We all put things off, routinely talking ourselves out of complex or uncomfortable chores in favor of something more pleasurable or fun. Distractions are all around as we tell ourselves that we will some day get around to whatever we’re presently working hard to avoid.
Usually, procrastination is fairly harmless. We might plan to clean out the basement, for example, by tossing or donating the items we seldom use. A clean basement sounds great, but the activity of actually lugging things to the donation center is not so pleasant. In the consideration of short-term pleasure, it’s very easy to notice countless alternatives that would be more enjoyable—so you put it off.
Other times, procrastination is not so innocent, and when it comes to hearing loss, it could be downright harmful. While no one’s idea of a good time is having a hearing exam, the latest research shows that neglected hearing loss has severe physical, mental, and social consequences.
To understand why, you have to begin with the effects of hearing loss on the brain itself. Here’s a well-known comparison: if any of you have ever broken a bone, let’s say your leg, you are aware of what occurs just after you take the cast off. You’ve lost muscle mass and strength from inactivity, because if you don’t consistently use your muscles, they get weaker.
The same happens with your brain. If you under-utilize the region of your brain that processes sounds, your capability to process auditory information becomes weaker. Researchers even have a name for this: they refer to it as “auditory deprivation.”
Back to the broken leg example. Let’s say you removed the cast from your leg but persisted to not make use of the muscles, depending on crutches to get around the same as before. What would happen? Your leg muscles would get steadily weaker. The same happens with your brain; the longer you go with hearing loss, the less sound stimulation your brain gets, and the more impaired your hearing gets.
That, in essence, is auditory deprivation, which can cause a host of other ailments the newest research is continuing to identify. For instance, a study directed by Johns Hopkins University reported that those with hearing loss experience a 40% decline in cognitive function compared to those with normal hearing, together with an enhanced risk of developing Alzheimer’s Disease and dementia.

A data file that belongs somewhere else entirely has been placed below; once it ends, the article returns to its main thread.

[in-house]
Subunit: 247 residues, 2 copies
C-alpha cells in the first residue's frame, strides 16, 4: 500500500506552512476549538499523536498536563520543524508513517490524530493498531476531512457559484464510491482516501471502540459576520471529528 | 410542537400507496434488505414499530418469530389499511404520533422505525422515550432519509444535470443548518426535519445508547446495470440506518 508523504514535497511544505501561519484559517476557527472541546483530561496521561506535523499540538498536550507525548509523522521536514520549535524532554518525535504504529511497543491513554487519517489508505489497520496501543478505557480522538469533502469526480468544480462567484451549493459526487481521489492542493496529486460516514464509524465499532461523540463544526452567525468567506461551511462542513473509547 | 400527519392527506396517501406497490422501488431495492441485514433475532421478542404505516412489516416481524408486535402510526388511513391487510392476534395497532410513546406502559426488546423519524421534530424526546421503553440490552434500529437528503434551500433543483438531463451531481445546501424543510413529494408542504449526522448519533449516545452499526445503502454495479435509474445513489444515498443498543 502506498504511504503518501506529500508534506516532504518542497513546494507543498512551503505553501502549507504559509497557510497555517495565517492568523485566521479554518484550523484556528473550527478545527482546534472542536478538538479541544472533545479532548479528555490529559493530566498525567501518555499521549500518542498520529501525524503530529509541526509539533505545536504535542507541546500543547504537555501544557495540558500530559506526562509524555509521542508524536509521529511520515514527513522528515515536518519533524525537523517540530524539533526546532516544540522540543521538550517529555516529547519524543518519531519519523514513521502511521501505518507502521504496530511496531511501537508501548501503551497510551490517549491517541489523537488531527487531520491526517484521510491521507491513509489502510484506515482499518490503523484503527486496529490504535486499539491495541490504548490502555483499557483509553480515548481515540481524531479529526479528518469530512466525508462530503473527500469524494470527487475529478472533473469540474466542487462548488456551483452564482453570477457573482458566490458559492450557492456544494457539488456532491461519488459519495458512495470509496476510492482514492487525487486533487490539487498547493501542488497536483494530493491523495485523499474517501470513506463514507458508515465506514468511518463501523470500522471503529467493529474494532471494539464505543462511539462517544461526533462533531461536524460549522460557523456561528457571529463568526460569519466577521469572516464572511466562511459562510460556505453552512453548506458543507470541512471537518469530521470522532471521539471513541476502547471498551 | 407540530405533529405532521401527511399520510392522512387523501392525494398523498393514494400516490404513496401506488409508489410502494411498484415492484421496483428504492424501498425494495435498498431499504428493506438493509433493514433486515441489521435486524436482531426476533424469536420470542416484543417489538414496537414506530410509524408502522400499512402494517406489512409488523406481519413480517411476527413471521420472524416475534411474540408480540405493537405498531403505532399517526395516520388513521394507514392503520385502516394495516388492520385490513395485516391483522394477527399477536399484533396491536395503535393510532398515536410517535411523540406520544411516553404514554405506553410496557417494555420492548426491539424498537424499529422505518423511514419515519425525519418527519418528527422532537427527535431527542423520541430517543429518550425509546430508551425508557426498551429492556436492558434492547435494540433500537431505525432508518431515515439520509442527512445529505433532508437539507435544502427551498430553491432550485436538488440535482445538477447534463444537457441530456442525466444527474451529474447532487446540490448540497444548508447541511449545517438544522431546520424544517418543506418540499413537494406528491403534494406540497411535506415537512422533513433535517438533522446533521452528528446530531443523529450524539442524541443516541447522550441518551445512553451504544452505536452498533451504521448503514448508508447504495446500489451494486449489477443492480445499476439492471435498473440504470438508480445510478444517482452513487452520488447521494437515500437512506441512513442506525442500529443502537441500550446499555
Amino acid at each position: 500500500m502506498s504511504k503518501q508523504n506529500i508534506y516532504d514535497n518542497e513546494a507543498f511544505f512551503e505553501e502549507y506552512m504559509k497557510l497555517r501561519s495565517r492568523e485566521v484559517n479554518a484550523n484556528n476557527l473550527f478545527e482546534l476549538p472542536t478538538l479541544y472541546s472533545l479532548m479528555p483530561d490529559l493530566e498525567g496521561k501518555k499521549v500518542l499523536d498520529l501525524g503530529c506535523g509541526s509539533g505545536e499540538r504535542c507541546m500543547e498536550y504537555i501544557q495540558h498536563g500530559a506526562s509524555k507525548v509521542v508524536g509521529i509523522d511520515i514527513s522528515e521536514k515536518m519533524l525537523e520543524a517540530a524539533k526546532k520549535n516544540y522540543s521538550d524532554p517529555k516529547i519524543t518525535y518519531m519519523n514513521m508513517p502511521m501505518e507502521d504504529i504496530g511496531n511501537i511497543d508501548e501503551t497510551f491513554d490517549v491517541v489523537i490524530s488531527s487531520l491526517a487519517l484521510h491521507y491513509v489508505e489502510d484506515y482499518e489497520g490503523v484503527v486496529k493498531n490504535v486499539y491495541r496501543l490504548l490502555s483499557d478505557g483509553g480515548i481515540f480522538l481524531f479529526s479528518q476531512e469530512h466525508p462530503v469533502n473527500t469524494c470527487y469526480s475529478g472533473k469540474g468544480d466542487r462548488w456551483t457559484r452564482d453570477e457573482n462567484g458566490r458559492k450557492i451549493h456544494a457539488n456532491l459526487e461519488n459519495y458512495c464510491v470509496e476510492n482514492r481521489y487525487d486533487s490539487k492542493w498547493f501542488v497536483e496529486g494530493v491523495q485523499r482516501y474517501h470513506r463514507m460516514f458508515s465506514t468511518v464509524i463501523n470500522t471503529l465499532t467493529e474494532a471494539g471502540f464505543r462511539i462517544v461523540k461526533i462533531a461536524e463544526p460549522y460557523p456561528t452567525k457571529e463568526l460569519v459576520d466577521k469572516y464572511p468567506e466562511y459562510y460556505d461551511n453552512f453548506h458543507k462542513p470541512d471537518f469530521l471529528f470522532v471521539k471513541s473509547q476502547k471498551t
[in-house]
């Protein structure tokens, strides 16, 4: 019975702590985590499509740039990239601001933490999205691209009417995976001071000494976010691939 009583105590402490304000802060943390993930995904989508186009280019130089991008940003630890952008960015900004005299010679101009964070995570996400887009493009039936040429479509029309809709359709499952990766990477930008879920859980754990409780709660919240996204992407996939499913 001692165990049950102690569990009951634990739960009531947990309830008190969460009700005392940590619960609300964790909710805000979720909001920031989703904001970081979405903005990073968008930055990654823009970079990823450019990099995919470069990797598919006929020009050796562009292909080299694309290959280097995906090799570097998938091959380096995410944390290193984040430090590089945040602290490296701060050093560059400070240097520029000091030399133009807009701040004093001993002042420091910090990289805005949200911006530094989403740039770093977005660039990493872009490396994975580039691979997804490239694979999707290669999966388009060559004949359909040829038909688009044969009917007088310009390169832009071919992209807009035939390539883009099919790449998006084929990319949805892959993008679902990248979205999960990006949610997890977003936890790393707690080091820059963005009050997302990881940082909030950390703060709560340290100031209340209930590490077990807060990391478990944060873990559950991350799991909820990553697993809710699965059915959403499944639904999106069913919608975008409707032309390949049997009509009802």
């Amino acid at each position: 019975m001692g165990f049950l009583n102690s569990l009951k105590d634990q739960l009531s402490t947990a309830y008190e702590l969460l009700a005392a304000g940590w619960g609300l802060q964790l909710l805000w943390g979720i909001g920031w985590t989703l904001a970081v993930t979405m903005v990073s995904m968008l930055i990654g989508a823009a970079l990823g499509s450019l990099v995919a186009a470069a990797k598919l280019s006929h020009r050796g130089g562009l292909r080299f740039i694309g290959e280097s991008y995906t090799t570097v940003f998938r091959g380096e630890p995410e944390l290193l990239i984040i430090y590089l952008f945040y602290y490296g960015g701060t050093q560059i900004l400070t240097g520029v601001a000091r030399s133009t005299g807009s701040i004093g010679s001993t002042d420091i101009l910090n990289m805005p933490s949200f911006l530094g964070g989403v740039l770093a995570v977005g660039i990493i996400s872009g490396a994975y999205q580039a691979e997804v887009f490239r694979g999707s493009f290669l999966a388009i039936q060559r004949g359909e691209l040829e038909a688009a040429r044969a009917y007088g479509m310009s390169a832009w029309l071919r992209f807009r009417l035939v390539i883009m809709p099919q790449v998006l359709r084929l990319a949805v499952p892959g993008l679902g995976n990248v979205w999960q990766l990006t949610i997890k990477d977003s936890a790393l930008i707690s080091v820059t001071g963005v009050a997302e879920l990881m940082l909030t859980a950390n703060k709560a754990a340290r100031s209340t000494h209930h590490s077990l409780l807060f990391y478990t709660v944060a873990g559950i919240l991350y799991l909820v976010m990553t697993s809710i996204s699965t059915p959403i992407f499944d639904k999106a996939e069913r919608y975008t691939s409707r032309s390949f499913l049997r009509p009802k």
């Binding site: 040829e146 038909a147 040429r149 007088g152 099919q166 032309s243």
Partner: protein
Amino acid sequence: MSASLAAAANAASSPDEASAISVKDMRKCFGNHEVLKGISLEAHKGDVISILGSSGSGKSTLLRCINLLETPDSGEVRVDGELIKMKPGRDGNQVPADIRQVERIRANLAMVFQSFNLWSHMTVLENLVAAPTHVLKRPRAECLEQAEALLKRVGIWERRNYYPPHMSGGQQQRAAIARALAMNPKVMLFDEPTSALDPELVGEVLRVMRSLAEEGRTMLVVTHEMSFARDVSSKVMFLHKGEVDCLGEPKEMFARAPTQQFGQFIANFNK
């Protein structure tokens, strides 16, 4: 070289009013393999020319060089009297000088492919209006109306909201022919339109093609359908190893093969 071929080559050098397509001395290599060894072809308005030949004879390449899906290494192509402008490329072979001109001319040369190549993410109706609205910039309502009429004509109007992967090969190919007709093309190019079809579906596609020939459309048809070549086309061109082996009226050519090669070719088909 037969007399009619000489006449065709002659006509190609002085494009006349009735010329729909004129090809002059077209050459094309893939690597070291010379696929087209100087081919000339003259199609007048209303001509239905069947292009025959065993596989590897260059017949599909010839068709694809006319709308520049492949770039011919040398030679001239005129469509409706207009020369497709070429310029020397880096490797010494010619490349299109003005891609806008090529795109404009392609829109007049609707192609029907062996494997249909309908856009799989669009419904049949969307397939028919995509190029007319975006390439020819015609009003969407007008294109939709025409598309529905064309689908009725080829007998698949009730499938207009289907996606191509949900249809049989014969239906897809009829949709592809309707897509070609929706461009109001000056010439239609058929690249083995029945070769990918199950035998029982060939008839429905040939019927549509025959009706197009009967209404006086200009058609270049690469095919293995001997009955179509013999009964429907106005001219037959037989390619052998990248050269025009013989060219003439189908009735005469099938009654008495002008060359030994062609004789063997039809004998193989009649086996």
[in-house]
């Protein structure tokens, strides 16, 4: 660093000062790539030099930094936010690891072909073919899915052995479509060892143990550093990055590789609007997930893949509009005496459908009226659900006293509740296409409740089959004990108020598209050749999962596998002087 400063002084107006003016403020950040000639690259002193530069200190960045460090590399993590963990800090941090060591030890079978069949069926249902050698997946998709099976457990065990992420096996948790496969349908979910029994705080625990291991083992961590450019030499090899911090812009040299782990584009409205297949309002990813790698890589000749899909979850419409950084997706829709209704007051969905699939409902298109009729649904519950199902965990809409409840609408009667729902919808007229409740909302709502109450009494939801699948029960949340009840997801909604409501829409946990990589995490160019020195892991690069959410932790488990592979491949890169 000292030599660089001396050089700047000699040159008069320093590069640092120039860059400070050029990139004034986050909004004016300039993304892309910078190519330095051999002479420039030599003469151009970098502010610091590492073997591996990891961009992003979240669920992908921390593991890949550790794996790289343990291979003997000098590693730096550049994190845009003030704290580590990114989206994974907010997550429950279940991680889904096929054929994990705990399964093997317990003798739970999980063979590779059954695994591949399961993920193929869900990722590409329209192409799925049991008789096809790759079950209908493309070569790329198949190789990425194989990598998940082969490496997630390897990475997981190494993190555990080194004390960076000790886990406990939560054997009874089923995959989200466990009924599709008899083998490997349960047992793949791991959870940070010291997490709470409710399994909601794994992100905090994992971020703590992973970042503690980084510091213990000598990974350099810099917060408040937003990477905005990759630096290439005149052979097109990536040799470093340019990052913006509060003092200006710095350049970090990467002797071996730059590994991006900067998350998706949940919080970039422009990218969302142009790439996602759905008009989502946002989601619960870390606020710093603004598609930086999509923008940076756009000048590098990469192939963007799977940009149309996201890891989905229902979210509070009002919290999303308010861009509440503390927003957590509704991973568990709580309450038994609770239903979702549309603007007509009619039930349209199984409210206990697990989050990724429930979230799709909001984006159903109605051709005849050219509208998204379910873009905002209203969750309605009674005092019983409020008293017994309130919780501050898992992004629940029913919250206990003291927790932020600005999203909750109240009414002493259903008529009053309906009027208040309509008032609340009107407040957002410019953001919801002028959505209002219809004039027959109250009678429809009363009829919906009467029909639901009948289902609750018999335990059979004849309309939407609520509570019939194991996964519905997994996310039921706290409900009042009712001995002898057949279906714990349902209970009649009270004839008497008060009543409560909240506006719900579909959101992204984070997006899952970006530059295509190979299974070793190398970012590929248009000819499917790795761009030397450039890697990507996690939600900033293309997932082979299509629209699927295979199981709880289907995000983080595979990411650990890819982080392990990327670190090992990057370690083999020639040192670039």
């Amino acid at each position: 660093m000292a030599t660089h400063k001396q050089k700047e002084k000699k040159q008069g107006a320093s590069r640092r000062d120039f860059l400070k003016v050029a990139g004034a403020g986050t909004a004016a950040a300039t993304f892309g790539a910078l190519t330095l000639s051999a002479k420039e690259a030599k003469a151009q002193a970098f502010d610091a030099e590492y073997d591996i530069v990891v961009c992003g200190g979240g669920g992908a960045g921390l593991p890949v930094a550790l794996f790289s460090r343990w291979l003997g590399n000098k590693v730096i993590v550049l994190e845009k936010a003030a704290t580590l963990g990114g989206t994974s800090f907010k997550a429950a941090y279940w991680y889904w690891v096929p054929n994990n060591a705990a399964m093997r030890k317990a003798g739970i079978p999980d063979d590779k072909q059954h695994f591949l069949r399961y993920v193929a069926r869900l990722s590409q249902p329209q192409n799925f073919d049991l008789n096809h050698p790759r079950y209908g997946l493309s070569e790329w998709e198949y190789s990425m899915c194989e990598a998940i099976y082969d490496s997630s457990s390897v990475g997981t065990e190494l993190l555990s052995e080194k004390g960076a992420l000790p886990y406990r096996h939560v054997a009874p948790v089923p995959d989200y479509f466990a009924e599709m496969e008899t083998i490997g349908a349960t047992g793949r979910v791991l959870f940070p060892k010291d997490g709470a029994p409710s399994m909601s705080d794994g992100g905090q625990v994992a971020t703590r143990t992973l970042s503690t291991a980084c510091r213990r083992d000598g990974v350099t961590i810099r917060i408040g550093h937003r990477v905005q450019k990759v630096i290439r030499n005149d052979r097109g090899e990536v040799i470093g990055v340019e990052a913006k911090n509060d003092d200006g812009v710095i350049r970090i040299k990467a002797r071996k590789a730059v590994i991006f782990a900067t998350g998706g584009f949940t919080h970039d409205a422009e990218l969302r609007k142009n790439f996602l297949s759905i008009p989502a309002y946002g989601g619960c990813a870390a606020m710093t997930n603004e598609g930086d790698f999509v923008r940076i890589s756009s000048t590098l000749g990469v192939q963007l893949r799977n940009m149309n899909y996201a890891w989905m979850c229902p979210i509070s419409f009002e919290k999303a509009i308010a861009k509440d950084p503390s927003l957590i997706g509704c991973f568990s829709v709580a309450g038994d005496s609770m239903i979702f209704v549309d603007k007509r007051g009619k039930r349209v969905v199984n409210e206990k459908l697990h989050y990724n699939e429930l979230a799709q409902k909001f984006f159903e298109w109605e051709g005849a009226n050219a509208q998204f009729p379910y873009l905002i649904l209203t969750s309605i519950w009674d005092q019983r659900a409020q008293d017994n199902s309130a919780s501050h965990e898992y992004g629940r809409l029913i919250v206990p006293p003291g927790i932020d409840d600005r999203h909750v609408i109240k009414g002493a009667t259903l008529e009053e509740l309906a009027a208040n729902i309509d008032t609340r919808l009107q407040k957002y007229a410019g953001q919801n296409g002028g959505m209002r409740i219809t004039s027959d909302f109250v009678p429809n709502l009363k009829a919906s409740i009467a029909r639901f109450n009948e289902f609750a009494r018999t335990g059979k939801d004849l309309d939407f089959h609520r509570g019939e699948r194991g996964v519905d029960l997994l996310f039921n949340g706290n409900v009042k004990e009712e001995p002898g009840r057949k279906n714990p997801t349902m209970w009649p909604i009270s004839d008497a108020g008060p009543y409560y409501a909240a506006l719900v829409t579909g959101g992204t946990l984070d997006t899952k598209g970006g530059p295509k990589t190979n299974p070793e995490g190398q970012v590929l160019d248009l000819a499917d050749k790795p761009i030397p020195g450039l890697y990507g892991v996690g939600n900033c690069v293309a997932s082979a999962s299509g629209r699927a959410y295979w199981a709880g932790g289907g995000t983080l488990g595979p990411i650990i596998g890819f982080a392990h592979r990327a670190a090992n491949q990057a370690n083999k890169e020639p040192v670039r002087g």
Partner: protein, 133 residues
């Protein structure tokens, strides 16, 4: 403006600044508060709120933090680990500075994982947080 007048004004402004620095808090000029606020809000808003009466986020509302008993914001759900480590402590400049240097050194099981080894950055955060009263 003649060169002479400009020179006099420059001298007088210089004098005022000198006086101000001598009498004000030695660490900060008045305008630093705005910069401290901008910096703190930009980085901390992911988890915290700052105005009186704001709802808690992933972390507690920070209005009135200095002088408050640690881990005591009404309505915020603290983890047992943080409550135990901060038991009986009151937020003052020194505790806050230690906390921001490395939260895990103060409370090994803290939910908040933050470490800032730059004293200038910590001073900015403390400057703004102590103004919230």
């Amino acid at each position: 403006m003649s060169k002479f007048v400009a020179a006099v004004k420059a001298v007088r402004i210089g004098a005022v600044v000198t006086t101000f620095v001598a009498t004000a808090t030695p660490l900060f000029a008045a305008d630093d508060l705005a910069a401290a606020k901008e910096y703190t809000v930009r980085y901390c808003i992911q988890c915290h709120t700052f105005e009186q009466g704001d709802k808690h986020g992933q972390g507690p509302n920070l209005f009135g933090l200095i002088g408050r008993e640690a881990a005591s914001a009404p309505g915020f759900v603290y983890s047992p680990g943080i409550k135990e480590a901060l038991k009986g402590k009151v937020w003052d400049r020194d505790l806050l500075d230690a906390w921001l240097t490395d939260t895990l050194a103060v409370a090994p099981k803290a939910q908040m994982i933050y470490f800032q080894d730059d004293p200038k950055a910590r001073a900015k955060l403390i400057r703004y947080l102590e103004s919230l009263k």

Generalized cognitive decline also produces significant mental and social effects. A major study by The National Council on the Aging (NCOA) revealed that those with untreated hearing loss were more likely to report depression, anxiety, and paranoia, and were less likely to partake in social activities, compared to those who wear hearing aids.
So what starts out as an annoyance—not having the ability to hear people clearly—brings about a downward spiral that disturbs all aspects of your health. The sequence of events is clear: Hearing loss leads to auditory deprivation, which produces general cognitive decline, which creates psychological harm, including depression and anxiety, which ultimately leads to social isolation, damaged relationships, and an elevated risk of developing major medical ailments.
The Benefits of Hearing Aids
So that was the bad news. The good news is equally encouraging. Let’s visit the broken leg illustration one last time. The moment the cast comes off, you start working out and stimulating the muscles, and after some time, you regain your muscle mass and strength.
The same process once again applies to hearing. If you increase the stimulation of sound to your brain with hearing aids, you can recover your brain’s ability to process and comprehend sound. This leads to better communication, better psychological health, and ultimately to better relationships. And, in fact, according to The National Council on the Aging, hearing aid users report improvements in nearly every area of their lives.
Are you ready to accomplish the same improvement?